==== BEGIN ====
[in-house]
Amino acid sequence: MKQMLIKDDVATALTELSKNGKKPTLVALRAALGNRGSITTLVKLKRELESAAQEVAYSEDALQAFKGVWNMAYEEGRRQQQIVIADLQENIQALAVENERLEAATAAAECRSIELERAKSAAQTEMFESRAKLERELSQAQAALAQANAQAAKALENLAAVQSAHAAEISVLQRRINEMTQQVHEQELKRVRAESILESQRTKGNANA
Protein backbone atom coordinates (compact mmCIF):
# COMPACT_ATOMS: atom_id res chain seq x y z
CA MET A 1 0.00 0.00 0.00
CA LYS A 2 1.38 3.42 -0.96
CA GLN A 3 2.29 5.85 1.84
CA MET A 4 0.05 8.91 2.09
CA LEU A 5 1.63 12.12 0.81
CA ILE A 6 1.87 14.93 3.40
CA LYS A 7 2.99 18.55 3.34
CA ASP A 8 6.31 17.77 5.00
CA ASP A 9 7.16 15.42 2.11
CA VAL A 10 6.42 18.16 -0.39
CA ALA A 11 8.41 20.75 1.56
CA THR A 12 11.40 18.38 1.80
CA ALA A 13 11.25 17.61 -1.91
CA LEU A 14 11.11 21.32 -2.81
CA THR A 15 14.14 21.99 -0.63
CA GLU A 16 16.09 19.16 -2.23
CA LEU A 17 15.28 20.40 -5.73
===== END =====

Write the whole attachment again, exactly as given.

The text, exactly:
[in-house]
Amino acid sequence: MKQMLIKDDVATALTELSKNGKKPTLVALRAALGNRGSITTLVKLKRELESAAQEVAYSEDALQAFKGVWNMAYEEGRRQQQIVIADLQENIQALAVENERLEAATAAAECRSIELERAKSAAQTEMFESRAKLERELSQAQAALAQANAQAAKALENLAAVQSAHAAEISVLQRRINEMTQQVHEQELKRVRAESILESQRTKGNANA
Protein backbone atom coordinates (compact mmCIF):
# COMPACT_ATOMS: atom_id res chain seq x y z
CA MET A 1 0.00 0.00 0.00
CA LYS A 2 1.38 3.42 -0.96
CA GLN A 3 2.29 5.85 1.84
CA MET A 4 0.05 8.91 2.09
CA LEU A 5 1.63 12.12 0.81
CA ILE A 6 1.87 14.93 3.40
CA LYS A 7 2.99 18.55 3.34
CA ASP A 8 6.31 17.77 5.00
CA ASP A 9 7.16 15.42 2.11
CA VAL A 10 6.42 18.16 -0.39
CA ALA A 11 8.41 20.75 1.56
CA THR A 12 11.40 18.38 1.80
CA ALA A 13 11.25 17.61 -1.91
CA LEU A 14 11.11 21.32 -2.81
CA THR A 15 14.14 21.99 -0.63
CA GLU A 16 16.09 19.16 -2.23
CA LEU A 17 15.28 20.40 -5.73